Linked: Remote Work Helped Meta Achieve Diversity Goals Years Ahead of Schedule
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Linked: Remote Work Helped Meta Achieve Diversity Goals Years Ahead of Schedule

Something I’ve been thinking a lot about in the industries I have worked in has been this idea that remote and asynchronous work is something that makes it less likely that the only people we can hire are the ones who are both willing and able to dedicate their entire days to be in the office and also willing to jump in and do more work at any hour of the day and weekends. That eliminates a whole bunch of people from even applying, especially women with kids, neurodiverse and disabled candidates, and underrepresented groups without a large presence in the area where your office happens to be. (When you start a company in Silicon Valley, Seattle, Austin, or some other “hot” area, your candidate pool is limited to the people who live there now or are willing to move immediately.)

Linked: The C-suite and workplace wellness
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Linked: The C-suite and workplace wellness

Clearly, the reality is that work is too much for almost everyone across the entire spectrum, and there are lots of people looking for something better. Something that gives them the ability to be economically stable and also the ability to live a life outside of work with their mental health intact.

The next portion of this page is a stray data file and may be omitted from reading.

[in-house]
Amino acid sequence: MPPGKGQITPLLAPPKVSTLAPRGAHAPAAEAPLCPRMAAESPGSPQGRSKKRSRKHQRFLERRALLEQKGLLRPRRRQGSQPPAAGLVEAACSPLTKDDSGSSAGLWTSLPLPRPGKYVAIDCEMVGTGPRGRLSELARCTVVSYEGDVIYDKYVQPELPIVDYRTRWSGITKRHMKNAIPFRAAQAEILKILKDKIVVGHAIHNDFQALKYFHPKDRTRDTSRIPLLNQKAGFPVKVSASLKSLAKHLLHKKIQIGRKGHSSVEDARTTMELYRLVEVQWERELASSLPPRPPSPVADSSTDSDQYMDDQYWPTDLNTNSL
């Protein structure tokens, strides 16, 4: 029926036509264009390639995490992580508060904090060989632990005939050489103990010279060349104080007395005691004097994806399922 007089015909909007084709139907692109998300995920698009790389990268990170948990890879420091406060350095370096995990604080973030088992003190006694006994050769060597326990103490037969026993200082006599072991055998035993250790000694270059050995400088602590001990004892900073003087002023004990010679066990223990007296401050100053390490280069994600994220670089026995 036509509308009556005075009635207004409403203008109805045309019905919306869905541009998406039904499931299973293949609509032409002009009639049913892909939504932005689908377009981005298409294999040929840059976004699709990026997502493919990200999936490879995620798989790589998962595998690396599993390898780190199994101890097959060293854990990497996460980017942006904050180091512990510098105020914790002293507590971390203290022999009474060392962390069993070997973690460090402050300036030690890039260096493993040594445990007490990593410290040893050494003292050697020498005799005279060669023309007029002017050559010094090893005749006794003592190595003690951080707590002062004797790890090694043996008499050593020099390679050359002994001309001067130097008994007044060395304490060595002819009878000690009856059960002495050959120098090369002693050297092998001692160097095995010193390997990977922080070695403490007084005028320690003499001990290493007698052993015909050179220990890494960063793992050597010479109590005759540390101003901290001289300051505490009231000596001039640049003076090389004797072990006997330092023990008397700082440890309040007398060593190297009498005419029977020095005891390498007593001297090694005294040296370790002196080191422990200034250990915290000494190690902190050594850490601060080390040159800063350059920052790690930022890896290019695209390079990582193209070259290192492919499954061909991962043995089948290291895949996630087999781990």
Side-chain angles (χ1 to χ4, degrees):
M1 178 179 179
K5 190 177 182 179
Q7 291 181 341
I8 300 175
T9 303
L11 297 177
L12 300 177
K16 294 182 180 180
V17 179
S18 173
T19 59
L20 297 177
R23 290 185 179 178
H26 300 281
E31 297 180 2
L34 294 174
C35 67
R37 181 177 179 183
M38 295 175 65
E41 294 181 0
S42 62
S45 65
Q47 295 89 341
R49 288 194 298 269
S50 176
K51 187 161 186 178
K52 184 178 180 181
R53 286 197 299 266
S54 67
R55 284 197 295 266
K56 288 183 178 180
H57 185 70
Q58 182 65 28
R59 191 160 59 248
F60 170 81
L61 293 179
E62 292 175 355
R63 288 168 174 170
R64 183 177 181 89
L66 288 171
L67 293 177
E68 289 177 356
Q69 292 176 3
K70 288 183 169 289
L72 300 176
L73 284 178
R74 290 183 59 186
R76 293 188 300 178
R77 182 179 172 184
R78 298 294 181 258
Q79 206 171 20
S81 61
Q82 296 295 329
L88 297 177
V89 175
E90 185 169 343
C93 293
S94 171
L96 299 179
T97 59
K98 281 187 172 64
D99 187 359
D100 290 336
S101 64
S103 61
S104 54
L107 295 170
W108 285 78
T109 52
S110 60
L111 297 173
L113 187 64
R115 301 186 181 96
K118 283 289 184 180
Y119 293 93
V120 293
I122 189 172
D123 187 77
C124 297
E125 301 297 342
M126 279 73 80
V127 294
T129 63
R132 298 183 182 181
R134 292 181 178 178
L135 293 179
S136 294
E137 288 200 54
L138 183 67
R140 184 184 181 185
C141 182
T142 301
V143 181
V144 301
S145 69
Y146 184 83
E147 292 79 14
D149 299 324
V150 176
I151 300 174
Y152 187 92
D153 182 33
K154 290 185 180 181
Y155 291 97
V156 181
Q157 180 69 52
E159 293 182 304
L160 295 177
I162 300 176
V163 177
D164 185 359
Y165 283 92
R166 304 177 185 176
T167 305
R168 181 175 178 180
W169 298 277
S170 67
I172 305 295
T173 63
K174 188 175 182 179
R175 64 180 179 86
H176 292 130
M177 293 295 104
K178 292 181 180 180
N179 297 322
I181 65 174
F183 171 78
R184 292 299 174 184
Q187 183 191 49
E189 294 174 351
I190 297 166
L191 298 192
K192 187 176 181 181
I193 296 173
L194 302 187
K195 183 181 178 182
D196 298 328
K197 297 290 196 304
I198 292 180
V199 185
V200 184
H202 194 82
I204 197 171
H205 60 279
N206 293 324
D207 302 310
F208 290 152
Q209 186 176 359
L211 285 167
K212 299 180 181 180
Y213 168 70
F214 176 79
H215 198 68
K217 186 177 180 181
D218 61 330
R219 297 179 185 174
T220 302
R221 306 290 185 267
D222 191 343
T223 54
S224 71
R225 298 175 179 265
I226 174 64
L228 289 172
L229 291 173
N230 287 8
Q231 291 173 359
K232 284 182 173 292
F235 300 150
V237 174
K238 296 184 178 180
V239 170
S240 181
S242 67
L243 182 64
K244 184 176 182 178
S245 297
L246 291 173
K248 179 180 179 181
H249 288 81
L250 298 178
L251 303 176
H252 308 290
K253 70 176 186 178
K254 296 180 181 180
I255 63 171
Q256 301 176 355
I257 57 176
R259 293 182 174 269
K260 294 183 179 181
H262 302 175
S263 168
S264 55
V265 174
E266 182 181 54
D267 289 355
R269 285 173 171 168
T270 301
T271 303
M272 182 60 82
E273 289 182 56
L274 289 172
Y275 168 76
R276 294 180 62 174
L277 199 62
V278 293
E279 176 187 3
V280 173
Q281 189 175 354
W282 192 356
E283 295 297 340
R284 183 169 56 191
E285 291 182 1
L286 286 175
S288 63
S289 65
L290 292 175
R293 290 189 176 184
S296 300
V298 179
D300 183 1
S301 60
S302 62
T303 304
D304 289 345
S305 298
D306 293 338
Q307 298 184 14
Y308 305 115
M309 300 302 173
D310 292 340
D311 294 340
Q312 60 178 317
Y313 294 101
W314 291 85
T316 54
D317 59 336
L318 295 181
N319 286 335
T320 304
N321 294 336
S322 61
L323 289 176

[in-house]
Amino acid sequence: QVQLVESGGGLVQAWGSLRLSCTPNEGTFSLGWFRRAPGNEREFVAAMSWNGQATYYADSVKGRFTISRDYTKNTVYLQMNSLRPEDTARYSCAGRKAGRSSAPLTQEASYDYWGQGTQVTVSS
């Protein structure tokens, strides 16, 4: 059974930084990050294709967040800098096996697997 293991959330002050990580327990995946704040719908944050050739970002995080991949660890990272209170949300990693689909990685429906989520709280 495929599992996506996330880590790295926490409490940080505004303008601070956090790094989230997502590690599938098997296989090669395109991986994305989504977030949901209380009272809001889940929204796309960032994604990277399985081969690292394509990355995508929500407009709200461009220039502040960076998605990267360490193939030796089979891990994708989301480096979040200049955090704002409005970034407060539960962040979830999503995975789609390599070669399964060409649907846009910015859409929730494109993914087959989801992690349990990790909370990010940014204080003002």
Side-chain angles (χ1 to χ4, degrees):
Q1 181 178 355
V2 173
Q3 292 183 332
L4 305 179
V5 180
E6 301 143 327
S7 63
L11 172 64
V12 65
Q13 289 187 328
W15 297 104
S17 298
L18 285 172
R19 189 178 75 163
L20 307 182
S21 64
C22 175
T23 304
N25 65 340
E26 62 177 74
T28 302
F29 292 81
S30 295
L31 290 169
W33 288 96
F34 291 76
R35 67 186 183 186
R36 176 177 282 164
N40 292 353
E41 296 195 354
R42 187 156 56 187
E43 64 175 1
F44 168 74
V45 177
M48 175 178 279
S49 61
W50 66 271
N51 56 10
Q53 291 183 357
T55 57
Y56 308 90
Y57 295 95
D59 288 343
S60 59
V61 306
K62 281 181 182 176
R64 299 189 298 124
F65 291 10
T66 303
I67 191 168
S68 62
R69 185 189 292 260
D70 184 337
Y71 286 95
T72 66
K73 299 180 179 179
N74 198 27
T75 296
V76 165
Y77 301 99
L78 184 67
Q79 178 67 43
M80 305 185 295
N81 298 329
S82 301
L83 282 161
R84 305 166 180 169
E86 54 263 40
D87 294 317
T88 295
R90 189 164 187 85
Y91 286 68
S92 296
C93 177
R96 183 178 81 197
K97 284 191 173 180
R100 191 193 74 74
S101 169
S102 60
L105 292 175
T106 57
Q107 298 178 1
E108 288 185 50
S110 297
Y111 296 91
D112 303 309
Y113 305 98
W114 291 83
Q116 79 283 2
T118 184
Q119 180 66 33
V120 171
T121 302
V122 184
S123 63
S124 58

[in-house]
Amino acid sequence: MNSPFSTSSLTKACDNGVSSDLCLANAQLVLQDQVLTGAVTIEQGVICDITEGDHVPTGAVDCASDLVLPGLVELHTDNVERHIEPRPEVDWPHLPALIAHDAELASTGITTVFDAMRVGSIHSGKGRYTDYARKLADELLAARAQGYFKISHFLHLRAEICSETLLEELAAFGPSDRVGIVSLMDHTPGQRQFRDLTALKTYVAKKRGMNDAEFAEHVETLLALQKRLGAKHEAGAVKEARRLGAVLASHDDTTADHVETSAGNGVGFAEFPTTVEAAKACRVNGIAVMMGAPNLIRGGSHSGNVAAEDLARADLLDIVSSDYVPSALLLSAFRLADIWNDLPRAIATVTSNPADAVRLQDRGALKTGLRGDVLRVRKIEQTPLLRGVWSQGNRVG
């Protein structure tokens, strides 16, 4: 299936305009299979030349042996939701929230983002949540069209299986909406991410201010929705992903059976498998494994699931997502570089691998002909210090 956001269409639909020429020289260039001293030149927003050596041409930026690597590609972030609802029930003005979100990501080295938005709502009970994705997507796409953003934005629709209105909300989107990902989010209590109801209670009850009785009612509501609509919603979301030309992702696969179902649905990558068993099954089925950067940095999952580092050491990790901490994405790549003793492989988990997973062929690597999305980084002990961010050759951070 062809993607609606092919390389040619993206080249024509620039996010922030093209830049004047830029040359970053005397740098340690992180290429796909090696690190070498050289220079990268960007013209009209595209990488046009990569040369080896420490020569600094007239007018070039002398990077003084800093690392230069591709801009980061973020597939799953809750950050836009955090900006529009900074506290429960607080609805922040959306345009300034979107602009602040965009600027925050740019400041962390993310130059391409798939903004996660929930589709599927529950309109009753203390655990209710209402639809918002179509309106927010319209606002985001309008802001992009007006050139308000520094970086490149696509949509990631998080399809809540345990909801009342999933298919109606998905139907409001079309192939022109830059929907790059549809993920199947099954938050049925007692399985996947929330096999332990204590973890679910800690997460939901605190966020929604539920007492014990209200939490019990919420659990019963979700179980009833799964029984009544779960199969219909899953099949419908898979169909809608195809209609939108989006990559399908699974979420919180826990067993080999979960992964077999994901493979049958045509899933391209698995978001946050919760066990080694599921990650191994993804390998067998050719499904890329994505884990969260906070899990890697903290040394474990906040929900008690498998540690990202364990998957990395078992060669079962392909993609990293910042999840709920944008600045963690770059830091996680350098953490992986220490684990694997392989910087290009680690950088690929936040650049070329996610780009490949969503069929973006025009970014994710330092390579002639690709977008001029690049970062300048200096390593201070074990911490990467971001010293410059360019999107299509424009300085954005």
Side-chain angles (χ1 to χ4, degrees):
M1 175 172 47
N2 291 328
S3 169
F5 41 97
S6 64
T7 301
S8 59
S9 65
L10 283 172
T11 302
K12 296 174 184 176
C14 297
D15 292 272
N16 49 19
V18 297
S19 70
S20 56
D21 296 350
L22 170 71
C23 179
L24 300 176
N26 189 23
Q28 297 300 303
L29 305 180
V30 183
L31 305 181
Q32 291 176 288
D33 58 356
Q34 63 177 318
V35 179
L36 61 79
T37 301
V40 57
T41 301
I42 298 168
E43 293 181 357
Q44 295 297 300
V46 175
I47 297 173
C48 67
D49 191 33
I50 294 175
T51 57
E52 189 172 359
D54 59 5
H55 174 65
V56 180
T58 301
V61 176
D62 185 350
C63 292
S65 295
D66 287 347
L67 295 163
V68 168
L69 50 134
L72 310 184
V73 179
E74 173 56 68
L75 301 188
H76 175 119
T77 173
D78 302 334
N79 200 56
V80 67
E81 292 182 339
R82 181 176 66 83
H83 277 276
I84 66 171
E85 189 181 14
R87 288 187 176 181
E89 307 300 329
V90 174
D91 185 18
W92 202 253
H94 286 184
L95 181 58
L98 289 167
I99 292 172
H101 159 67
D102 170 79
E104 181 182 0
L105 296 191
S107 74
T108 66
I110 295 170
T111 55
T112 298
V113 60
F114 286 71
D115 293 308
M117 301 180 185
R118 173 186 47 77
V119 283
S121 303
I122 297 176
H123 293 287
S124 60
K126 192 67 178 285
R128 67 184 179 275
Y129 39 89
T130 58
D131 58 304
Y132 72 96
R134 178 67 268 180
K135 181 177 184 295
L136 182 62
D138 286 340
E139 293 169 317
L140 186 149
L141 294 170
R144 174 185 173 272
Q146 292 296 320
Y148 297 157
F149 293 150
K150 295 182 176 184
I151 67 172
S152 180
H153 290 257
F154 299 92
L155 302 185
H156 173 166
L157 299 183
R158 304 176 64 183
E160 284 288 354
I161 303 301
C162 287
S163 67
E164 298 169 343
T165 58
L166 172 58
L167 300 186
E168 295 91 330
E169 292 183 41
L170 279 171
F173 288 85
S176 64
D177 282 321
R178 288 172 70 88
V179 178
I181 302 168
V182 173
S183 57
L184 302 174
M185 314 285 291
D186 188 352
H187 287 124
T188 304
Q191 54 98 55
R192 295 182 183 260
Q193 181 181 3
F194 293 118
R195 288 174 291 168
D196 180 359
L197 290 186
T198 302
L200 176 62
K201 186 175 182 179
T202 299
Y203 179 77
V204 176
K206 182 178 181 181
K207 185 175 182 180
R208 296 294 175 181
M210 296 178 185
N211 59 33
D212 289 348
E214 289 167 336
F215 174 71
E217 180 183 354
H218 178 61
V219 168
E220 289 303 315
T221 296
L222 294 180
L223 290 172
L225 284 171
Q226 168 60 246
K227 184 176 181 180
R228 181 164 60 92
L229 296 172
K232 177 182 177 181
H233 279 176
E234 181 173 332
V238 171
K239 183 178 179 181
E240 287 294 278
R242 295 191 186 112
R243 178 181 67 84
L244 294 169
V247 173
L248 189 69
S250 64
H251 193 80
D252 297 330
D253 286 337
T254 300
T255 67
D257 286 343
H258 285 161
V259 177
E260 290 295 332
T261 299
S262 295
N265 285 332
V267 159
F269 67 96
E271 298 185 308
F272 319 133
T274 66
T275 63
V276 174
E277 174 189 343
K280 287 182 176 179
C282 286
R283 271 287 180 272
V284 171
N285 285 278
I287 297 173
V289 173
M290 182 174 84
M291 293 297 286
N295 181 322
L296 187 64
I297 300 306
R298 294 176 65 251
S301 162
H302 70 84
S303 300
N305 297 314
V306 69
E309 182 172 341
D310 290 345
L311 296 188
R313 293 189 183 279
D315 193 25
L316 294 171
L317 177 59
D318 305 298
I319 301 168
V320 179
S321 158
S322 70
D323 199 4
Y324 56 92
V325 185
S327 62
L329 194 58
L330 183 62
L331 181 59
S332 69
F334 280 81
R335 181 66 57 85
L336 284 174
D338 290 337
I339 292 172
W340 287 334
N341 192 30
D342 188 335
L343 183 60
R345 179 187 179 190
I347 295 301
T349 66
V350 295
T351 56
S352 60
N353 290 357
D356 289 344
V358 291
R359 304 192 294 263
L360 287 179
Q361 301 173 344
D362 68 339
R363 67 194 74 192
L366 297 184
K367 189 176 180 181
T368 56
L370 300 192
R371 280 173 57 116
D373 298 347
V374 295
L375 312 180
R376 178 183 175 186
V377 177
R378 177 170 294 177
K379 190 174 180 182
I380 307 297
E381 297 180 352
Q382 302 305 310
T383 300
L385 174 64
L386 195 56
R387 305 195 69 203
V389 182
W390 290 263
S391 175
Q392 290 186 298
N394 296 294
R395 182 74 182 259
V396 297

Linked: Succession planning isn’t only about executives

Linked: Succession planning isn’t only about executives

The importance of succession planning isn’t just about how do we replace our top executives, it’s also about how do we keep doing what we do when the person doing it isn’t here?

There are a lot of businesses dealing with employees who have resigned, who also have to figure out how they did what they did and how to train the next person to do it when no one ever wrote it down.

Write it down. Make it easy to find. Keep it updated. Because people leave.